A high number of older adults reporting SCI are within the 60–64 year age range [2], compared to studies included in this review that saw an overall average age of 65 years for participants. Sex and age outcomes derived from this review highlight the importance of finding a way to address low research participation in males and monitoring the faster rate of female decline.

In terms of participant retention and adherence to treatment, these were both surprisingly high across the studies at an average of 92% and 93%, respectively, despite the literature suggesting these figures are quite difficult to achieve [48]. These outcomes should be considered with caution due to the subpar methodologies used to treat missing values.

Study methodologies

Reflective on previous research, the eligibility criteria for participation across the SCI and non-SCI studies were inconsistent [8, 9], with varying scales, tests and questionnaires used, particularly for the MMSE [20,21,22, 25,26,27,28,29,30,31,32,33, 35, 36, 38, 39]. Research investigating the diagnostic accuracy (sensitivity, specificity, positive and negative predictive power) of MMSE cut-off scores in detecting cognitive dysfunction found that scores of ≤ 26 showed optimal sensitivity and specificity balance, with a correct classification of MCI and dementia in older adults to be 90% [49]. The varying MMSE cut-offs used here (≥ 20, > 25 and ≤ 24) may have incorrectly classified participants (with and without SCI), potentially impacting the study outcomes. This interpretation is further supported by the identification of all eligible studies in this review not using a combination of self-report cognitive concerns (in line with the definition of SCI), cognitive scales (such as the MMSE), a general health questionnaire (including non-diagnosis of MCI or dementia) and screening of mental health conditions. Reliability on only one or two measures for classification of an impairment (or no impairment) is problematic and certainly requires future attention within this area of clinical practice and research.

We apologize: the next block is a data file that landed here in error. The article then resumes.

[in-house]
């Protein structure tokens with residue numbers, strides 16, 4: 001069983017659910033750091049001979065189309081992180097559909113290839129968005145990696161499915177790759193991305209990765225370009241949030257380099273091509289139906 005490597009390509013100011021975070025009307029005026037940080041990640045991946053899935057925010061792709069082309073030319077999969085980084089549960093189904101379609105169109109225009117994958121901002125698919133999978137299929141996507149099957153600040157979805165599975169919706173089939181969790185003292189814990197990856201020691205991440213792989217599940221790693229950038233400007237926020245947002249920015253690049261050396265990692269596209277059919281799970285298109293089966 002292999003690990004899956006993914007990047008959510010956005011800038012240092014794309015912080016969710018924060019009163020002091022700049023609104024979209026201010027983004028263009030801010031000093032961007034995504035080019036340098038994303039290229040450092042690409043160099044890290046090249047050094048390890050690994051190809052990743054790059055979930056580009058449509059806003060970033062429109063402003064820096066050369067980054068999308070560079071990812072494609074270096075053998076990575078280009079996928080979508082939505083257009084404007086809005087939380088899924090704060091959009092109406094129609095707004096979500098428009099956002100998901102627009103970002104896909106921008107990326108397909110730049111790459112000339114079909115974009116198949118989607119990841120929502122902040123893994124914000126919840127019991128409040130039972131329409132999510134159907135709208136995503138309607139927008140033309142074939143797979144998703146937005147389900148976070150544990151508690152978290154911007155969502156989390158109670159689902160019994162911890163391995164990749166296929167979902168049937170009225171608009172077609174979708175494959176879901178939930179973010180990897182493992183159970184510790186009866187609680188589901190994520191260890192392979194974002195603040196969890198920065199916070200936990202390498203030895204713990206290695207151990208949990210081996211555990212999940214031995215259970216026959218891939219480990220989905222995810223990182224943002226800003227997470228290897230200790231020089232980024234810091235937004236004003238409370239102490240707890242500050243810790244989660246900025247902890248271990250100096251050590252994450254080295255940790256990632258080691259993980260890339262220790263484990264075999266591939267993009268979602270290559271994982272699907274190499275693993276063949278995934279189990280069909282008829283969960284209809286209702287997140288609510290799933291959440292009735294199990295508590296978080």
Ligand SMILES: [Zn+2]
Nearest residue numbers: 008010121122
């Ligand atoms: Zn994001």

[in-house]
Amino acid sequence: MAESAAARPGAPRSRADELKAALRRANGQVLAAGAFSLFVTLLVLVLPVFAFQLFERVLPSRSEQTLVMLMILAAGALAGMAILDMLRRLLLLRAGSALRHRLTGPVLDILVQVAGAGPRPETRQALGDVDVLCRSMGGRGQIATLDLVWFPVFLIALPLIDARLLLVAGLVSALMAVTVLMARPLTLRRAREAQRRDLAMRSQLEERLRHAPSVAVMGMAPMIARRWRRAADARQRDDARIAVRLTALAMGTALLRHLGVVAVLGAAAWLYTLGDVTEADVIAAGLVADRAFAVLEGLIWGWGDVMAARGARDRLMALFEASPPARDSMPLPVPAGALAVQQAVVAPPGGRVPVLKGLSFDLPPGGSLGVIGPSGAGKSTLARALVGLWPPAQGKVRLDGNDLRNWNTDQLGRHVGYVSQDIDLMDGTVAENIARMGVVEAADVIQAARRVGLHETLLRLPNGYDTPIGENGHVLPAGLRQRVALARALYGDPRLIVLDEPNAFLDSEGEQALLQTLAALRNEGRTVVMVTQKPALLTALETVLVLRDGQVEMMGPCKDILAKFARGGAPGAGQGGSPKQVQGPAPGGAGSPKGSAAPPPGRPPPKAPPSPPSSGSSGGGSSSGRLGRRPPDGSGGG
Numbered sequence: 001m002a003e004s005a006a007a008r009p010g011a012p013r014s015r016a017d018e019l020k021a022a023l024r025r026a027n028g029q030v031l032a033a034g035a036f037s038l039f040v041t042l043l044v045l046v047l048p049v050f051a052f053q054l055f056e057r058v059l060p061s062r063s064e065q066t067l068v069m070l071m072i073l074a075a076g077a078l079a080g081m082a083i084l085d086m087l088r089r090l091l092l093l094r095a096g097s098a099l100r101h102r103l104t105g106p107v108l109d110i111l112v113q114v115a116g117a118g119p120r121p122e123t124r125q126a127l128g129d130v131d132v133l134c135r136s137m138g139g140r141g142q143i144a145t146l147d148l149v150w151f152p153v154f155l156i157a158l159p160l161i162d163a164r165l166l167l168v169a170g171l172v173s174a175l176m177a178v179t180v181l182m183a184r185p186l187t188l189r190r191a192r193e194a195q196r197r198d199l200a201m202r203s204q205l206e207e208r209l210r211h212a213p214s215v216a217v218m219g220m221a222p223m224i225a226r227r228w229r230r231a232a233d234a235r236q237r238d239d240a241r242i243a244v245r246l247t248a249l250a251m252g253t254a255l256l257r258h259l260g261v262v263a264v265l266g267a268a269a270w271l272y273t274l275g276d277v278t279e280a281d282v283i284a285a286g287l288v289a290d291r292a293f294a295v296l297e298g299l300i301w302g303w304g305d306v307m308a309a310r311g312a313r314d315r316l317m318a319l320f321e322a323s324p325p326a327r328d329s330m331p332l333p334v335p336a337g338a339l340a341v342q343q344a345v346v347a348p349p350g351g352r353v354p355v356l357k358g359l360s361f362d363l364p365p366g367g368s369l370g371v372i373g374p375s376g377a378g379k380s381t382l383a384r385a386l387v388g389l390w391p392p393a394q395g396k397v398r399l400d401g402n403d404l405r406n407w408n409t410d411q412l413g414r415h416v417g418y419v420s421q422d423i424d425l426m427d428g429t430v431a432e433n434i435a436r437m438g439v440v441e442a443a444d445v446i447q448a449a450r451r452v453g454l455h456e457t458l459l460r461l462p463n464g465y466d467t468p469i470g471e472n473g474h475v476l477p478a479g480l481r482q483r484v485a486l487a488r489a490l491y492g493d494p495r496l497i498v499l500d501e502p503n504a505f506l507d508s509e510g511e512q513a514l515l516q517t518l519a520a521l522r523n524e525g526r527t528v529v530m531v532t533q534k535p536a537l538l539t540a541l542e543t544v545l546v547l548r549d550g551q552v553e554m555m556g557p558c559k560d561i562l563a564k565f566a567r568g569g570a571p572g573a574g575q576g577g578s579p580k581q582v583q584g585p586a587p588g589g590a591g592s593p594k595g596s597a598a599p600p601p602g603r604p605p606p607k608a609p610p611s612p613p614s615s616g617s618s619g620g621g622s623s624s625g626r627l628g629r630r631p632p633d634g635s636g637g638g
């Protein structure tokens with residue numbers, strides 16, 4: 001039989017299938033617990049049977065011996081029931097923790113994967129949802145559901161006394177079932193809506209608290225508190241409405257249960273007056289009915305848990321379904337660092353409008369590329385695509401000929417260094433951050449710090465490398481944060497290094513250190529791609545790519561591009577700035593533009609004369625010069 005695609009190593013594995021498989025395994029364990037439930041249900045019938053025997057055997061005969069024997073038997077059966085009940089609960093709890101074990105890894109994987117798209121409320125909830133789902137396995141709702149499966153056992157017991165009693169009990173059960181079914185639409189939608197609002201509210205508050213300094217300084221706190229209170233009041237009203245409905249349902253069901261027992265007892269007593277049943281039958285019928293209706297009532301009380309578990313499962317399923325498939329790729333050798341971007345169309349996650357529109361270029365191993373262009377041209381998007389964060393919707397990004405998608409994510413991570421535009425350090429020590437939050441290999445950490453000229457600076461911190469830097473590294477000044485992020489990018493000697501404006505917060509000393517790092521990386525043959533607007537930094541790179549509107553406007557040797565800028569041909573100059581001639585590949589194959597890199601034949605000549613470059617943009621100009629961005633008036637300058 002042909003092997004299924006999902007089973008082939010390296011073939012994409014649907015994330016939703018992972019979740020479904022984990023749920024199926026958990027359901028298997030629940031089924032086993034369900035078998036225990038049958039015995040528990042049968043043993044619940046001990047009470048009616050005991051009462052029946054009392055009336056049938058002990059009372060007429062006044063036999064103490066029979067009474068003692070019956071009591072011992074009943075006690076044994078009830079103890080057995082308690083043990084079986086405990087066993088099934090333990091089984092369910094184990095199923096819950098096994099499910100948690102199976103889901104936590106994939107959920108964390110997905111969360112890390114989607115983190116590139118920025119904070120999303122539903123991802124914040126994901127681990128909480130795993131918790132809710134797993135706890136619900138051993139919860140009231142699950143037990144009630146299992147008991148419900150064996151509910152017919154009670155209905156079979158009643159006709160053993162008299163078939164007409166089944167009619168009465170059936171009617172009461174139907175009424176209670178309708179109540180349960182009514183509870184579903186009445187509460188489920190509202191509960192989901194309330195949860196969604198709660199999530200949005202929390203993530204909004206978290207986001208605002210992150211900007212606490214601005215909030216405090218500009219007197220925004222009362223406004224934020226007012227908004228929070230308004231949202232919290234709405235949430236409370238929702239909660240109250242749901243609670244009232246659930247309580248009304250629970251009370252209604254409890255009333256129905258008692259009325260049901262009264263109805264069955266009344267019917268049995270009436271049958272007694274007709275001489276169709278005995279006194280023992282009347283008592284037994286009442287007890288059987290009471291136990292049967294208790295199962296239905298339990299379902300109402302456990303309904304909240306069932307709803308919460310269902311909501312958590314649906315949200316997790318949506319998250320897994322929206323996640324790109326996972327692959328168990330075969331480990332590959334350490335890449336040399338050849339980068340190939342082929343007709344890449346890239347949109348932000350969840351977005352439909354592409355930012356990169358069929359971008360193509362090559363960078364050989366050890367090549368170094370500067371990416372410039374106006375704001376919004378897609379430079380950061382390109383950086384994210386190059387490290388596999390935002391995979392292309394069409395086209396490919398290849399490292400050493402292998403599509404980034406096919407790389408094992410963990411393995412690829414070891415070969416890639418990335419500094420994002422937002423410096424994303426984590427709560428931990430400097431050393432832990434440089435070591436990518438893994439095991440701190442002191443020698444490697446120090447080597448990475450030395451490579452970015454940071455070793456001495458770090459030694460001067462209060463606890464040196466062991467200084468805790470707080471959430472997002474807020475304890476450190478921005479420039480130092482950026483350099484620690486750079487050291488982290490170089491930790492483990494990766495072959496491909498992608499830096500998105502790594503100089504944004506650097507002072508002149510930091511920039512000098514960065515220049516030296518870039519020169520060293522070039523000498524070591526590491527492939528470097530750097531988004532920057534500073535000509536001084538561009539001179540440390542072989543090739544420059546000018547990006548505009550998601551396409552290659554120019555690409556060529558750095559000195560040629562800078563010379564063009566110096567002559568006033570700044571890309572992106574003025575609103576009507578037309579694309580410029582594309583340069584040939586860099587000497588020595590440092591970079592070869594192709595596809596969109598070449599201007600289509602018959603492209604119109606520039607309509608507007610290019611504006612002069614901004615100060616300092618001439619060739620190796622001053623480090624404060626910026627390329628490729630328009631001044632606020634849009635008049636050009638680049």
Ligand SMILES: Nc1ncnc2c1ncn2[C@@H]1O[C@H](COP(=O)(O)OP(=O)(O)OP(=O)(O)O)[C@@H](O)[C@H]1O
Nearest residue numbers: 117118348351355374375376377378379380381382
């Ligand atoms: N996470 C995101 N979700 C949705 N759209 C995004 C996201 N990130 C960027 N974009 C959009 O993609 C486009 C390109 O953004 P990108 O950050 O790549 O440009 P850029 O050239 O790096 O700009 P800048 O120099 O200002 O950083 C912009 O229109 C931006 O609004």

An additional concern regarding the methodologies of accepted studies in this review is the large number of those deemed as having a high risk of bias, particularly within the bias due to assignment and adherence domains [21,22,23, 25, 29,30,31,32, 34,35,36,37,38, 40]. Either intention-to-treat (ITT) or modified intention-to-treat (mITT) approaches were not employed for participants with missing outcomes or outlier data, with participants being excluded completely from the analysis despite being randomised. Future studies in this field should consider using appropriate analysis to treat missing or outlier data, for post-randomisation outcomes as detailed above. The blinding of participants and other individuals involved in the trial was also identified as a concern. However, it is difficult to ascertain whether it was in fact the blinding process itself that was not conducted appropriately in these studies or if it was simply not reported sufficiently according to the ROB assessment standards. Future studies should look to adopting greater transparency and accuracy in the process (specifically stating who was blinded and how), as this would go a long way in demonstrating non-biassed outcomes.

Intervention efficacy on cognitive function and safety

Despite the majority of studies reporting positive results [20, 21, 23, 24, 26, 28, 30,31,32,33, 35, 38,39,40], a large number of these were deemed as having an overall high methodological risk of bias [21, 23, 30,31,32, 35, 38, 40]. These methodological concerns unfortunately do not assist in determining the true efficacy of herbal and nutritional medicines on cognitive functioning for older adults with and without SCI. This is particularly the case for Ginkgo biloba [23, 25, 29,30,31, 36,37,38] and Bacopa monnieri [21, 24, 26, 32, 35, 39], given how common they were as interventions across the accepted studies of this review.